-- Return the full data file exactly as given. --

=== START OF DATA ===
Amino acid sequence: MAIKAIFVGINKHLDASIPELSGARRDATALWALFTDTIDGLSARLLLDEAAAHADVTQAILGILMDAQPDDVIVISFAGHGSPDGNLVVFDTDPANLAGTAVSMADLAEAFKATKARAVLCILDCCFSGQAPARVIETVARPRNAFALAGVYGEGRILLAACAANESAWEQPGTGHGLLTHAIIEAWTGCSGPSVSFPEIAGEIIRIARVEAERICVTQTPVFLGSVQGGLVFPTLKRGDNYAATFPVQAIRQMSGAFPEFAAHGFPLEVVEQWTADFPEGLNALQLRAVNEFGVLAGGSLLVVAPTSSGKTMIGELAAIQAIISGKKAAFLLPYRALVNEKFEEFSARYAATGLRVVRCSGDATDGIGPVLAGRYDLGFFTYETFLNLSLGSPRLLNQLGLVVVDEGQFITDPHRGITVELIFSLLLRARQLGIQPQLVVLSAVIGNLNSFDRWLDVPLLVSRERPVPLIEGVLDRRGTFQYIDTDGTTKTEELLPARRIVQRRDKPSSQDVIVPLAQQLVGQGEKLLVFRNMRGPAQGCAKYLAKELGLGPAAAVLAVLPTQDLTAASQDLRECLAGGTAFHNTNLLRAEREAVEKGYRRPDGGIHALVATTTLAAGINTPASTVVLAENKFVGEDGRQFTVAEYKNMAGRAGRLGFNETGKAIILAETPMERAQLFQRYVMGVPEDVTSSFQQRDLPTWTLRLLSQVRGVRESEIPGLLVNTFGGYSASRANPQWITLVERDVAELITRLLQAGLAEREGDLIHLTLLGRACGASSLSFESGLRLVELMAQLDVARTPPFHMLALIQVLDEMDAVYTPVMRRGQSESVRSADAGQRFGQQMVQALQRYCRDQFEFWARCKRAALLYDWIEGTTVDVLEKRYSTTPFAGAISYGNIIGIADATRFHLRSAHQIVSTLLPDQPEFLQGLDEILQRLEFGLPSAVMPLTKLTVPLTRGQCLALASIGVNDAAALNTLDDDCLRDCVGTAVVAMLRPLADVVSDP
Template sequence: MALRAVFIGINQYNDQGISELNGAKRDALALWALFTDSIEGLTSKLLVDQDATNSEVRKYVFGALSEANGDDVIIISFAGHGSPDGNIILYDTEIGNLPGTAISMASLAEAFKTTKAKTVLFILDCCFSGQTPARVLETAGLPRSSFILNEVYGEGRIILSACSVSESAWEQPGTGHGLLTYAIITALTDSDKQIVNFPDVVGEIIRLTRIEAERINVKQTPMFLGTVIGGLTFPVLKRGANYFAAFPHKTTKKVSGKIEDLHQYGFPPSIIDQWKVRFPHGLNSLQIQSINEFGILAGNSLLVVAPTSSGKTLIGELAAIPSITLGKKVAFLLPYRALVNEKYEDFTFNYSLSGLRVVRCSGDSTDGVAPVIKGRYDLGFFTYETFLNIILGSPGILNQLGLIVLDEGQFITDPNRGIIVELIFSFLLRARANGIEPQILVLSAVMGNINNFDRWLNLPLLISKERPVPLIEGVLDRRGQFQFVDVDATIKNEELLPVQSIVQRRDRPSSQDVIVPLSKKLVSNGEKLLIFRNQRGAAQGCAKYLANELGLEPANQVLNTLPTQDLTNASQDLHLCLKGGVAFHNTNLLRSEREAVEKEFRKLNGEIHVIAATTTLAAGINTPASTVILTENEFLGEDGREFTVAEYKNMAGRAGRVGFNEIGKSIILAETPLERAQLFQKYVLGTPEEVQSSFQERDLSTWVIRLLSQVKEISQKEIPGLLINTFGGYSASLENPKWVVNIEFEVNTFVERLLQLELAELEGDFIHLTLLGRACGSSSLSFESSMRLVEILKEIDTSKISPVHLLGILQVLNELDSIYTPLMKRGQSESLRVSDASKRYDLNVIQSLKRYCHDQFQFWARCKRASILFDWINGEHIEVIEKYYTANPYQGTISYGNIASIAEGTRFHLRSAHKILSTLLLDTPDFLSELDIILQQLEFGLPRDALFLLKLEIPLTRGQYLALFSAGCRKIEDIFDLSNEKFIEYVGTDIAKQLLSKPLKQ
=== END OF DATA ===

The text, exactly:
Amino acid sequence: MAIKAIFVGINKHLDASIPELSGARRDATALWALFTDTIDGLSARLLLDEAAAHADVTQAILGILMDAQPDDVIVISFAGHGSPDGNLVVFDTDPANLAGTAVSMADLAEAFKATKARAVLCILDCCFSGQAPARVIETVARPRNAFALAGVYGEGRILLAACAANESAWEQPGTGHGLLTHAIIEAWTGCSGPSVSFPEIAGEIIRIARVEAERICVTQTPVFLGSVQGGLVFPTLKRGDNYAATFPVQAIRQMSGAFPEFAAHGFPLEVVEQWTADFPEGLNALQLRAVNEFGVLAGGSLLVVAPTSSGKTMIGELAAIQAIISGKKAAFLLPYRALVNEKFEEFSARYAATGLRVVRCSGDATDGIGPVLAGRYDLGFFTYETFLNLSLGSPRLLNQLGLVVVDEGQFITDPHRGITVELIFSLLLRARQLGIQPQLVVLSAVIGNLNSFDRWLDVPLLVSRERPVPLIEGVLDRRGTFQYIDTDGTTKTEELLPARRIVQRRDKPSSQDVIVPLAQQLVGQGEKLLVFRNMRGPAQGCAKYLAKELGLGPAAAVLAVLPTQDLTAASQDLRECLAGGTAFHNTNLLRAEREAVEKGYRRPDGGIHALVATTTLAAGINTPASTVVLAENKFVGEDGRQFTVAEYKNMAGRAGRLGFNETGKAIILAETPMERAQLFQRYVMGVPEDVTSSFQQRDLPTWTLRLLSQVRGVRESEIPGLLVNTFGGYSASRANPQWITLVERDVAELITRLLQAGLAEREGDLIHLTLLGRACGASSLSFESGLRLVELMAQLDVARTPPFHMLALIQVLDEMDAVYTPVMRRGQSESVRSADAGQRFGQQMVQALQRYCRDQFEFWARCKRAALLYDWIEGTTVDVLEKRYSTTPFAGAISYGNIIGIADATRFHLRSAHQIVSTLLPDQPEFLQGLDEILQRLEFGLPSAVMPLTKLTVPLTRGQCLALASIGVNDAAALNTLDDDCLRDCVGTAVVAMLRPLADVVSDP
Template sequence: MALRAVFIGINQYNDQGISELNGAKRDALALWALFTDSIEGLTSKLLVDQDATNSEVRKYVFGALSEANGDDVIIISFAGHGSPDGNIILYDTEIGNLPGTAISMASLAEAFKTTKAKTVLFILDCCFSGQTPARVLETAGLPRSSFILNEVYGEGRIILSACSVSESAWEQPGTGHGLLTYAIITALTDSDKQIVNFPDVVGEIIRLTRIEAERINVKQTPMFLGTVIGGLTFPVLKRGANYFAAFPHKTTKKVSGKIEDLHQYGFPPSIIDQWKVRFPHGLNSLQIQSINEFGILAGNSLLVVAPTSSGKTLIGELAAIPSITLGKKVAFLLPYRALVNEKYEDFTFNYSLSGLRVVRCSGDSTDGVAPVIKGRYDLGFFTYETFLNIILGSPGILNQLGLIVLDEGQFITDPNRGIIVELIFSFLLRARANGIEPQILVLSAVMGNINNFDRWLNLPLLISKERPVPLIEGVLDRRGQFQFVDVDATIKNEELLPVQSIVQRRDRPSSQDVIVPLSKKLVSNGEKLLIFRNQRGAAQGCAKYLANELGLEPANQVLNTLPTQDLTNASQDLHLCLKGGVAFHNTNLLRSEREAVEKEFRKLNGEIHVIAATTTLAAGINTPASTVILTENEFLGEDGREFTVAEYKNMAGRAGRVGFNEIGKSIILAETPLERAQLFQKYVLGTPEEVQSSFQERDLSTWVIRLLSQVKEISQKEIPGLLINTFGGYSASLENPKWVVNIEFEVNTFVERLLQLELAELEGDFIHLTLLGRACGSSSLSFESSMRLVEILKEIDTSKISPVHLLGILQVLNELDSIYTPLMKRGQSESLRVSDASKRYDLNVIQSLKRYCHDQFQFWARCKRASILFDWINGEHIEVIEKYYTANPYQGTISYGNIASIAEGTRFHLRSAHKILSTLLLDTPDFLSELDIILQQLEFGLPRDALFLLKLEIPLTRGQYLALFSAGCRKIEDIFDLSNEKFIEYVGTDIAKQLLSKPLKQ